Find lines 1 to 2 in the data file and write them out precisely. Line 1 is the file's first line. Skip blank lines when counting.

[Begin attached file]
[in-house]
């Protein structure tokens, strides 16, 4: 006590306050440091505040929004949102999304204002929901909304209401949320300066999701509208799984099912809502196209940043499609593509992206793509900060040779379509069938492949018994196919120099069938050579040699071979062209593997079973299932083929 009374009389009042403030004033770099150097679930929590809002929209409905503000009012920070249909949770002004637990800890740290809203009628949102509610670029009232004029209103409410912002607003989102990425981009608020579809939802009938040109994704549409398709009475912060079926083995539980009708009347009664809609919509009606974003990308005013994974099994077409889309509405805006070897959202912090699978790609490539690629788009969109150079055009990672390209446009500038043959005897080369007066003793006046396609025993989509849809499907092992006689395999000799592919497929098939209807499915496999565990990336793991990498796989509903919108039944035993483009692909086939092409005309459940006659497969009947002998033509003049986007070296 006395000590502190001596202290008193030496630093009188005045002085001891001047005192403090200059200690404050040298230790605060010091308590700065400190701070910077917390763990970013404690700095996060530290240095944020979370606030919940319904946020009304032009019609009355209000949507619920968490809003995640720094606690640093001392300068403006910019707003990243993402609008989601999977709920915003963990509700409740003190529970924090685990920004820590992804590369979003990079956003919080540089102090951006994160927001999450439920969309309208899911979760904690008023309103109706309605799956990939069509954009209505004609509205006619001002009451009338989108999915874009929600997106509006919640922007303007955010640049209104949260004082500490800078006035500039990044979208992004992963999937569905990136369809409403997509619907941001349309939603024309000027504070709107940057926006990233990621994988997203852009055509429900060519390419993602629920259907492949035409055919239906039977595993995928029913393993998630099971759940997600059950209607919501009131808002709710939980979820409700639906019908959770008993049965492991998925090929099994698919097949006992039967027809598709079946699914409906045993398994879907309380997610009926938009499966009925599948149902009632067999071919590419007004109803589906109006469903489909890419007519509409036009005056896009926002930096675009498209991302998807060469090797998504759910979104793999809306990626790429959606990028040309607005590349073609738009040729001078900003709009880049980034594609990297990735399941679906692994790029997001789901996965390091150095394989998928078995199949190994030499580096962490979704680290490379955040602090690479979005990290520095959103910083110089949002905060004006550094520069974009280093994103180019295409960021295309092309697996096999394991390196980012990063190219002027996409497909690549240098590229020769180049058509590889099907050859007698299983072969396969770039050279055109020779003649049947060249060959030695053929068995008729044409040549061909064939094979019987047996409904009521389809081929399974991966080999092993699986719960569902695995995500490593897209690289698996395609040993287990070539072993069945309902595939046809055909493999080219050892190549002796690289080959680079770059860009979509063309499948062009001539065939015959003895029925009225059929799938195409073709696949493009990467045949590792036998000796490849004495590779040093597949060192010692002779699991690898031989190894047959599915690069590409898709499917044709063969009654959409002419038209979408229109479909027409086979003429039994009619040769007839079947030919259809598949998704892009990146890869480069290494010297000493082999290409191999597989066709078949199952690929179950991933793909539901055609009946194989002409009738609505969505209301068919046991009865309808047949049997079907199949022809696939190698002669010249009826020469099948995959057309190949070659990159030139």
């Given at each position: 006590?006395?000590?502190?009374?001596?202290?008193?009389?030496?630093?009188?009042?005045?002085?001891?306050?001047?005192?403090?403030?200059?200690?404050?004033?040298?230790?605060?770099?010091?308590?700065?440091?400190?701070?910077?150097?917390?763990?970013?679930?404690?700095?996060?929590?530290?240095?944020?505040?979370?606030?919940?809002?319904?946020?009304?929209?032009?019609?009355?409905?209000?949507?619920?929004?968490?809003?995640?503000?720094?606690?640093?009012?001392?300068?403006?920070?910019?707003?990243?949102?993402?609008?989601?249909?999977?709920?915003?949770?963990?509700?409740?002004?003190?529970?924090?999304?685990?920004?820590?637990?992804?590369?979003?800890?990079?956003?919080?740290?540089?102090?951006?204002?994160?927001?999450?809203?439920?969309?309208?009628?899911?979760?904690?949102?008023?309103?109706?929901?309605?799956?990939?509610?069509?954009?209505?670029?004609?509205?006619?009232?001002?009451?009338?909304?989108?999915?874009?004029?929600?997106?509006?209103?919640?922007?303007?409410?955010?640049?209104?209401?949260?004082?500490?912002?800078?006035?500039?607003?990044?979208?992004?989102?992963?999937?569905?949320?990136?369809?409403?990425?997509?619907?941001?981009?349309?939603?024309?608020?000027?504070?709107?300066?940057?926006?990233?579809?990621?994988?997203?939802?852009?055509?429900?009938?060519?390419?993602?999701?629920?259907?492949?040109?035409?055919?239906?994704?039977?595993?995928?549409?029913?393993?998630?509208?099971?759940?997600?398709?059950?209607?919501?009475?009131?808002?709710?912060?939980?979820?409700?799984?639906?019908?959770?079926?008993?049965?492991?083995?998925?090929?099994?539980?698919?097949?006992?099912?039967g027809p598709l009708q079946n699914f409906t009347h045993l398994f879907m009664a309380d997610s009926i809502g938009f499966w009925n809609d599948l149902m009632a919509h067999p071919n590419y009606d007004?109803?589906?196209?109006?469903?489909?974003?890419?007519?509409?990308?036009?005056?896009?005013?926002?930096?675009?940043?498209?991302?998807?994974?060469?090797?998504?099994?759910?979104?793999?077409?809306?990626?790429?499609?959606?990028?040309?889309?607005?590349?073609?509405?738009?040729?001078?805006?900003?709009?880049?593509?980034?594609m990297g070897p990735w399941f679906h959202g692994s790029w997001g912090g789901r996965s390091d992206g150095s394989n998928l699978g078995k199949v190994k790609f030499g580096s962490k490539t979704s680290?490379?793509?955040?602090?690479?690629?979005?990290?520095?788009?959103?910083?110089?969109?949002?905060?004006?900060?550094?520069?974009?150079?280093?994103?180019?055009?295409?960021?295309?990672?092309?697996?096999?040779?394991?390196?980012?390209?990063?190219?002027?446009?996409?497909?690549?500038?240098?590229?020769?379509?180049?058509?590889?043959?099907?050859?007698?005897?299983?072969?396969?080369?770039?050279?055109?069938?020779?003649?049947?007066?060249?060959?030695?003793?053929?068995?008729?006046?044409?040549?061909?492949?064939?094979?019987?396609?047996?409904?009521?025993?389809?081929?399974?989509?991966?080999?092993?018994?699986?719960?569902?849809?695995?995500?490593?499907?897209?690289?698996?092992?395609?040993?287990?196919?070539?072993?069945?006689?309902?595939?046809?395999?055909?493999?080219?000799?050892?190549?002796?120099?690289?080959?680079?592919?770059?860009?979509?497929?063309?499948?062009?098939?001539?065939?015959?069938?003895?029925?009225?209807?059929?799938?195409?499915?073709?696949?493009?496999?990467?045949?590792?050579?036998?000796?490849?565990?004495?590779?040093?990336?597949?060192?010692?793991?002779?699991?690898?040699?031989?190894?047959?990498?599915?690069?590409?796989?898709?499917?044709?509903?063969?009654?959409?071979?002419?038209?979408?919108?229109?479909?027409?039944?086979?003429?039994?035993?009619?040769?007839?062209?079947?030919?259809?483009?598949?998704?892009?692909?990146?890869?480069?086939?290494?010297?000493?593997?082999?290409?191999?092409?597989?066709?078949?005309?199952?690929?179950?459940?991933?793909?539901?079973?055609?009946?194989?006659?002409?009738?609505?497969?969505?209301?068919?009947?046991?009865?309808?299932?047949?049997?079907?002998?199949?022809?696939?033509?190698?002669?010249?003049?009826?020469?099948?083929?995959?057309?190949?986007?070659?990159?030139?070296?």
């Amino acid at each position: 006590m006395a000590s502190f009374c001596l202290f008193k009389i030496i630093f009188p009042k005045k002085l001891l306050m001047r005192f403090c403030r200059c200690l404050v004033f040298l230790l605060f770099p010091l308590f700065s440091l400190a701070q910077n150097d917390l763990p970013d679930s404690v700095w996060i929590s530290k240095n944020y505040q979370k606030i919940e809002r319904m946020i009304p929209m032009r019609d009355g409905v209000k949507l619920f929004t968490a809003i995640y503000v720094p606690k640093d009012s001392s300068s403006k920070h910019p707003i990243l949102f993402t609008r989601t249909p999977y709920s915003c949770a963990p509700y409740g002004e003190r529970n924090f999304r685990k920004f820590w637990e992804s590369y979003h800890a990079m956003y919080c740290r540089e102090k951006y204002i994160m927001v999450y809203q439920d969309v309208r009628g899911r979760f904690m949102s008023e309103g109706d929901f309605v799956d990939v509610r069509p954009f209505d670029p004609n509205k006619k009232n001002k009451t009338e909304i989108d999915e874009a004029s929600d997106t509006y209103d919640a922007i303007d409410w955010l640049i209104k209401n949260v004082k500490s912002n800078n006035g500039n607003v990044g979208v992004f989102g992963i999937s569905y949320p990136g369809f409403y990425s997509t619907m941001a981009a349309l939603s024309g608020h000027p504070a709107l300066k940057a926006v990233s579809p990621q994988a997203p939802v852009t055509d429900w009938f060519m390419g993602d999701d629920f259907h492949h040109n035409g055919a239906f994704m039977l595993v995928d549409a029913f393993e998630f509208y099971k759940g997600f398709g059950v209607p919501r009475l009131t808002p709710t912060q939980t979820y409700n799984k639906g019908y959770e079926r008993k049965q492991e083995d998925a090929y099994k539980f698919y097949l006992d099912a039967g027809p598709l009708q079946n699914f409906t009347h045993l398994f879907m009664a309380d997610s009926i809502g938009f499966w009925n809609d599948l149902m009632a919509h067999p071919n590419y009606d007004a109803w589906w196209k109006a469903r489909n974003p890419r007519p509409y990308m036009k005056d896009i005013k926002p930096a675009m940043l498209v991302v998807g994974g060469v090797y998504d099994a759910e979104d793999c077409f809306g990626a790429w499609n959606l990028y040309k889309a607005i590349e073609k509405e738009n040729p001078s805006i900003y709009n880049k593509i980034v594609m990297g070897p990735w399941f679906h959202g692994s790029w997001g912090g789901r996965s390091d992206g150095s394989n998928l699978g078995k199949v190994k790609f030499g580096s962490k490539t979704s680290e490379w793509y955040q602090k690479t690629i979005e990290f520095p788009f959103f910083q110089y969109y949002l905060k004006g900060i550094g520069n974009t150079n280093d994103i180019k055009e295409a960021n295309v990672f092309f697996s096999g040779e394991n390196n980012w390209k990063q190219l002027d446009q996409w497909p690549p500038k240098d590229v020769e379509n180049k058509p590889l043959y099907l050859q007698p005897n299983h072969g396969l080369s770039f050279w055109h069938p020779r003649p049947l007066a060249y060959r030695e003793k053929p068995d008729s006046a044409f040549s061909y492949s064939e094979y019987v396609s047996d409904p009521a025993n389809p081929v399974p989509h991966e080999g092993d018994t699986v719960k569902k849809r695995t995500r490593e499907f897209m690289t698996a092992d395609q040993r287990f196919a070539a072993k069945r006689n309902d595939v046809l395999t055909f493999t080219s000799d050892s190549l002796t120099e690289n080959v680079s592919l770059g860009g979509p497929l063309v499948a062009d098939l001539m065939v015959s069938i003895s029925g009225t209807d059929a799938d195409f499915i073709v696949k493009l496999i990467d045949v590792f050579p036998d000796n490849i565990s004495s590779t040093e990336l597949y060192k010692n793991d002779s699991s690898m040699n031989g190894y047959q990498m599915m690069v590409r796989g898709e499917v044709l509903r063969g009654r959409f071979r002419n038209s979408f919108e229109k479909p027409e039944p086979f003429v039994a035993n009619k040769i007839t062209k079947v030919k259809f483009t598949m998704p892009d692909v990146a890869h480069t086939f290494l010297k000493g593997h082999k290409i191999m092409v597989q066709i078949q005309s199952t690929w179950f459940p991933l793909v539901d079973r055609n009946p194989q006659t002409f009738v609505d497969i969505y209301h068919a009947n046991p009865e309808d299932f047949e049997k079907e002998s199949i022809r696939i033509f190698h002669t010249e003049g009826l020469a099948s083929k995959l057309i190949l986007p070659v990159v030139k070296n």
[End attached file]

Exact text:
[in-house]
């Protein structure tokens, strides 16, 4: 006590306050440091505040929004949102999304204002929901909304209401949320300066999701509208799984099912809502196209940043499609593509992206793509900060040779379509069938492949018994196919120099069938050579040699071979062209593997079973299932083929 009374009389009042403030004033770099150097679930929590809002929209409905503000009012920070249909949770002004637990800890740290809203009628949102509610670029009232004029209103409410912002607003989102990425981009608020579809939802009938040109994704549409398709009475912060079926083995539980009708009347009664809609919509009606974003990308005013994974099994077409889309509405805006070897959202912090699978790609490539690629788009969109150079055009990672390209446009500038043959005897080369007066003793006046396609025993989509849809499907092992006689395999000799592919497929098939209807499915496999565990990336793991990498796989509903919108039944035993483009692909086939092409005309459940006659497969009947002998033509003049986007070296 006395000590502190001596202290008193030496630093009188005045002085001891001047005192403090200059200690404050040298230790605060010091308590700065400190701070910077917390763990970013404690700095996060530290240095944020979370606030919940319904946020009304032009019609009355209000949507619920968490809003995640720094606690640093001392300068403006910019707003990243993402609008989601999977709920915003963990509700409740003190529970924090685990920004820590992804590369979003990079956003919080540089102090951006994160927001999450439920969309309208899911979760904690008023309103109706309605799956990939069509954009209505004609509205006619001002009451009338989108999915874009929600997106509006919640922007303007955010640049209104949260004082500490800078006035500039990044979208992004992963999937569905990136369809409403997509619907941001349309939603024309000027504070709107940057926006990233990621994988997203852009055509429900060519390419993602629920259907492949035409055919239906039977595993995928029913393993998630099971759940997600059950209607919501009131808002709710939980979820409700639906019908959770008993049965492991998925090929099994698919097949006992039967027809598709079946699914409906045993398994879907309380997610009926938009499966009925599948149902009632067999071919590419007004109803589906109006469903489909890419007519509409036009005056896009926002930096675009498209991302998807060469090797998504759910979104793999809306990626790429959606990028040309607005590349073609738009040729001078900003709009880049980034594609990297990735399941679906692994790029997001789901996965390091150095394989998928078995199949190994030499580096962490979704680290490379955040602090690479979005990290520095959103910083110089949002905060004006550094520069974009280093994103180019295409960021295309092309697996096999394991390196980012990063190219002027996409497909690549240098590229020769180049058509590889099907050859007698299983072969396969770039050279055109020779003649049947060249060959030695053929068995008729044409040549061909064939094979019987047996409904009521389809081929399974991966080999092993699986719960569902695995995500490593897209690289698996395609040993287990070539072993069945309902595939046809055909493999080219050892190549002796690289080959680079770059860009979509063309499948062009001539065939015959003895029925009225059929799938195409073709696949493009990467045949590792036998000796490849004495590779040093597949060192010692002779699991690898031989190894047959599915690069590409898709499917044709063969009654959409002419038209979408229109479909027409086979003429039994009619040769007839079947030919259809598949998704892009990146890869480069290494010297000493082999290409191999597989066709078949199952690929179950991933793909539901055609009946194989002409009738609505969505209301068919046991009865309808047949049997079907199949022809696939190698002669010249009826020469099948995959057309190949070659990159030139």